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Blood meal sources of wild and domestic Triatoma infestans (Hemiptera: Reduviidae) in Bolivia: connectivity between cycles of transmission of Trypanosoma cruzi.

Buitrago R, Bosseno MF, Depickère S, Waleckx E, Salas R, Aliaga C, Barnabé C, Brenière SF - Parasit Vectors (2016)

Bottom Line: Interestingly, blood from wild animals was identified in triatomines captured in the peridomestic and domestic environment, and blood from domestic animals was found in triatomines captured in the wild, revealing links between wild and domestic cycles of T. cruzi transmission.The current study suggests that wild T. infestans attack humans in the wild, but is also able to bite humans in domestic settings before going back to its natural environment.These results support the risk to human health posed by wild populations of T. infestans.

View Article: PubMed Central - PubMed

Affiliation: IRD, Institut de Recherche pour le Développement, UMR INTERTRYP, (IRD-CIRAD), Interactions hôtes-vecteurs-parasites-environnement dans les maladies tropicales négligées dues aux trypanosomatidés, 911 Av. Agropolis, Montpellier, cédex 5, 34394, France. rosiob8@gmail.com.

ABSTRACT

Background: Chagas disease is a major public health problem in Latin America. Its etiologic agent, Trypanosoma cruzi, is mainly transmitted through the contaminated faeces of blood-sucking insects called triatomines. Triatoma infestans is the main vector in various countries in South America and recently, several foci of wild populations of this species have been described in Bolivia and other countries. These wild populations are suspected of affecting the success of insecticide control campaigns being carried out in South America. To assess the risk that these T. infestans populations pose to human health, it is helpful to determine blood meal sources.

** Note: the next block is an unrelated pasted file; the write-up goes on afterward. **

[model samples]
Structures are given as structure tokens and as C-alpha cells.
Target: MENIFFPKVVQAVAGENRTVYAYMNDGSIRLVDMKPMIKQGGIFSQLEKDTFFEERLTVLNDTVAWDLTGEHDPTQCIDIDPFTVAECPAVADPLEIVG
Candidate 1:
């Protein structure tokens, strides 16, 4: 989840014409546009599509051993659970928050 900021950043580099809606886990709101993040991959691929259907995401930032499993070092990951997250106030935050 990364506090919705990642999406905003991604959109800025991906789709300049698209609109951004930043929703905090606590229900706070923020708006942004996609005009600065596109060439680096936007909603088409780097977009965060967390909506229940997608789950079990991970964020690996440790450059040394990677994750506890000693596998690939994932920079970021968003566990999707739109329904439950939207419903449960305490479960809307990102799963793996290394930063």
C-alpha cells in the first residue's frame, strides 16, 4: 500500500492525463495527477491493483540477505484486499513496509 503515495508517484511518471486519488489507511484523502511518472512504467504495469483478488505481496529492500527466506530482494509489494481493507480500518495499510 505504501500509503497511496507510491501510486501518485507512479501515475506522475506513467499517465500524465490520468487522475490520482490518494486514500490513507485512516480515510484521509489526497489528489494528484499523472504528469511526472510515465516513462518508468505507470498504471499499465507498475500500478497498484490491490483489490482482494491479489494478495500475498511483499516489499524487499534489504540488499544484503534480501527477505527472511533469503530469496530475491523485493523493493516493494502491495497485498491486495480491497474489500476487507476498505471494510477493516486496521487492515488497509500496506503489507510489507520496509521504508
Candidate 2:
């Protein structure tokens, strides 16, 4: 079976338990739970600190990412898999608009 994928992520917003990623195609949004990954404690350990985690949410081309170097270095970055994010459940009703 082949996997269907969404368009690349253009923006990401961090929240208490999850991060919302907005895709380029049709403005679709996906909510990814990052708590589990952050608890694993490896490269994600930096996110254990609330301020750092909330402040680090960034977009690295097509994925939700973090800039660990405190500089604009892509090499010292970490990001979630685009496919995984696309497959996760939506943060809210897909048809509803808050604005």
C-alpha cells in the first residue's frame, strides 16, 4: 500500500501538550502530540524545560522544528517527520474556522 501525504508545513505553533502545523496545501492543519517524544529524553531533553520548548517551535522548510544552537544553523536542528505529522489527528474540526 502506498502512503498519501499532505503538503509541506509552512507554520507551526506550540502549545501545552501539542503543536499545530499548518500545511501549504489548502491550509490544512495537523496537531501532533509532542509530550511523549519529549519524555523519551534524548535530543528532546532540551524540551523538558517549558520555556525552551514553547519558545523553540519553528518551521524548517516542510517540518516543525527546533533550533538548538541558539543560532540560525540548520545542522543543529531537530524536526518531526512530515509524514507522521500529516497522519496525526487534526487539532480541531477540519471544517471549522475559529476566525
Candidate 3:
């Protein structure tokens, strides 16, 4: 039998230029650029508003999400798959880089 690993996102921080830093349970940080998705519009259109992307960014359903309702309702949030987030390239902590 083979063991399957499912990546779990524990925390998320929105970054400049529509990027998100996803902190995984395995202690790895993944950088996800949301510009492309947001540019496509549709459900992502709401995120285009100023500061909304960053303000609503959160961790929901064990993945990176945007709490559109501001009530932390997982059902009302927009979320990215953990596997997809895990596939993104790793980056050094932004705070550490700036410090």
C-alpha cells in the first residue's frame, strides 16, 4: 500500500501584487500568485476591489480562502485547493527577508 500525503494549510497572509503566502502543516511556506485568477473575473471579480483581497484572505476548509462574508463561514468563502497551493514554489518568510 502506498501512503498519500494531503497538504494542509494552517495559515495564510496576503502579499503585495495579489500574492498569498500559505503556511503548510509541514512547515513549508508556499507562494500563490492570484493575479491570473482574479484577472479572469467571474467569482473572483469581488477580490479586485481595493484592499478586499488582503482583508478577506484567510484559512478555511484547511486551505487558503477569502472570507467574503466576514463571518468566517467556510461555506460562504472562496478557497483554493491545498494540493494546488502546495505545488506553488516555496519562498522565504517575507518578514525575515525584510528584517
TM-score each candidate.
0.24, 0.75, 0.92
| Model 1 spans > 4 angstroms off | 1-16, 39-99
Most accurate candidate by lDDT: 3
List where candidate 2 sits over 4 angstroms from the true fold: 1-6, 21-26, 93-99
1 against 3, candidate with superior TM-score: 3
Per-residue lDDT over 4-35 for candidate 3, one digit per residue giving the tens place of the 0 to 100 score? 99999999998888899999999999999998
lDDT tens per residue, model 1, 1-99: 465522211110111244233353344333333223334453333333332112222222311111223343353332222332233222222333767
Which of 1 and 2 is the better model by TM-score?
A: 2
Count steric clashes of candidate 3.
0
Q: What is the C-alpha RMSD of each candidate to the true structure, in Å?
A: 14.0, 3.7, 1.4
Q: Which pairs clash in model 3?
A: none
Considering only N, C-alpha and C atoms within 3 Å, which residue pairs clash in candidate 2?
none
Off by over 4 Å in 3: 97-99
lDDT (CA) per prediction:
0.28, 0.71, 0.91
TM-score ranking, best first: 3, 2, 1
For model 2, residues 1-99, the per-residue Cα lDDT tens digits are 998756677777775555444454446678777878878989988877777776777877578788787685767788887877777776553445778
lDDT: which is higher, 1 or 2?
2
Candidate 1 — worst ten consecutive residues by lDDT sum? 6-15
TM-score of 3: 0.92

Methods: In the present work, blood meals were identified in various Bolivian wild T. infestans populations and in three specific areas, in both wild and intra-peridomestic populations to assess the links between wild and domestic cycles of T. cruzi transmission. PCR-HDA and sequencing of Cytb gene were used to identify these blood meal sources.

Results and discussion: Fourteen vertebrate species were identified as wild blood meal sources. Of those, the most prevalent species were two Andean endemic rodents, Octodontomys gliroides (36%) and Galea musteloides (30%), while humans were the third most prevalent source (18.7%). Of 163 blood meals from peridomestic areas, more than half were chickens, and the others were generally domestic animals or humans. Interestingly, blood from wild animals was identified in triatomines captured in the peridomestic and domestic environment, and blood from domestic animals was found in triatomines captured in the wild, revealing links between wild and domestic cycles of T. cruzi transmission.

Conclusion: The current study suggests that wild T. infestans attack humans in the wild, but is also able to bite humans in domestic settings before going back to its natural environment. These results support the risk to human health posed by wild populations of T. infestans.

No MeSH data available.


Related in: MedlinePlus

Vertebrate blood sources of wild T. infestans identified by PCR-HDA and sequencing
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Fig2: Vertebrate blood sources of wild T. infestans identified by PCR-HDA and sequencing

Mentions: Fourteen vertebrate species were identified as blood meal sources of wild T. infestans: 10 mammal species, two bird species, and two reptiles (Table 2). The most prevalent blood meal was O. gliroides (52/144, 36.6 %), a rodent of the family Octodontidae, indigenous to the Andes (Fig. 2). Seventy-three percent of these blood meal sources were detected in 2nd to 5th nymphal instars of wild T. infestans caught in the Inter-Andean Dry Forests and the Prepuna eco regions. The second most prevalent species was G. musteloides (43/144, 30.5 %), a rodent of the family Caviidae. Sixty-eight percent of these blood meal sources were identified in 3rd to 5th nymphal instars. The third most prevalent species was Homo sapiens (27/144, 18.7 %), as previously detailed in Buitrago et al. (2013) [17]. Most of the human blood meals (66.7 %) were identified in 2nd to 5th nymphal instars captured in areas close to (50–200 m) or more distant from (~400–800 m) human habitation, in various ecotopes such as sedimentary cracks surrounded by fields of crops, prickly pear fields, sedimentary cliffs and rocky outcrops. The other identified blood meal sources included viscacha (Lagidium viscacia), four other rodent species, one species of wild bird and three species of domestic animals in 4th nymphal instars (a donkey at 50 m from the human habitat, a cat at 120 m and a chicken at 200 m) (Table 2, Fig. 2).Fig. 2